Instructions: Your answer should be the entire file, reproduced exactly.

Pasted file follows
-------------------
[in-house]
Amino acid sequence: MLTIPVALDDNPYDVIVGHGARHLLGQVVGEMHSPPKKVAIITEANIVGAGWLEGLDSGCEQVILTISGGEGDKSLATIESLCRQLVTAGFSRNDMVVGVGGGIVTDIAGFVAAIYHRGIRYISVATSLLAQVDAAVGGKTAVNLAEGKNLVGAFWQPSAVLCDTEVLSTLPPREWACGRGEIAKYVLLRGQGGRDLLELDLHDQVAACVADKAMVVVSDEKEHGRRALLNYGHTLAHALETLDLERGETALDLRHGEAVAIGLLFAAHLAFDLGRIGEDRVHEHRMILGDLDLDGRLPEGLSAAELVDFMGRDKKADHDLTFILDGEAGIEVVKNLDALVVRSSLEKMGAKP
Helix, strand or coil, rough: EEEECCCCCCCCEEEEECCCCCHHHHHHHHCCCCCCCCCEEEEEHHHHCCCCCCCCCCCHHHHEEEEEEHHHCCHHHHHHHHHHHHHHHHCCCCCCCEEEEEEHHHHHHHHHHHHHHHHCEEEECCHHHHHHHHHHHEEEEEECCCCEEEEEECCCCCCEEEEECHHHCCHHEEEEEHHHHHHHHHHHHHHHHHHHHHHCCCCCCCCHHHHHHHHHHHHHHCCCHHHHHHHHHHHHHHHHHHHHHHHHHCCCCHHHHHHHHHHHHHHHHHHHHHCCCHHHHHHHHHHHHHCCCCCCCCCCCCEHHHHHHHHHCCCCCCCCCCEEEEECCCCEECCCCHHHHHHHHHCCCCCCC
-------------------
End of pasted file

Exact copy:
[in-house]
Amino acid sequence: MLTIPVALDDNPYDVIVGHGARHLLGQVVGEMHSPPKKVAIITEANIVGAGWLEGLDSGCEQVILTISGGEGDKSLATIESLCRQLVTAGFSRNDMVVGVGGGIVTDIAGFVAAIYHRGIRYISVATSLLAQVDAAVGGKTAVNLAEGKNLVGAFWQPSAVLCDTEVLSTLPPREWACGRGEIAKYVLLRGQGGRDLLELDLHDQVAACVADKAMVVVSDEKEHGRRALLNYGHTLAHALETLDLERGETALDLRHGEAVAIGLLFAAHLAFDLGRIGEDRVHEHRMILGDLDLDGRLPEGLSAAELVDFMGRDKKADHDLTFILDGEAGIEVVKNLDALVVRSSLEKMGAKP
Helix, strand or coil, rough: EEEECCCCCCCCEEEEECCCCCHHHHHHHHCCCCCCCCCEEEEEHHHHCCCCCCCCCCCHHHHEEEEEEHHHCCHHHHHHHHHHHHHHHHCCCCCCCEEEEEEHHHHHHHHHHHHHHHHCEEEECCHHHHHHHHHHHEEEEEECCCCEEEEEECCCCCCEEEEECHHHCCHHEEEEEHHHHHHHHHHHHHHHHHHHHHHCCCCCCCCHHHHHHHHHHHHHHCCCHHHHHHHHHHHHHHHHHHHHHHHHHCCCCHHHHHHHHHHHHHHHHHHHHHCCCHHHHHHHHHHHHHCCCCCCCCCCCCEHHHHHHHHHCCCCCCCCCCEEEEECCCCEECCCCHHHHHHHHHCCCCCCC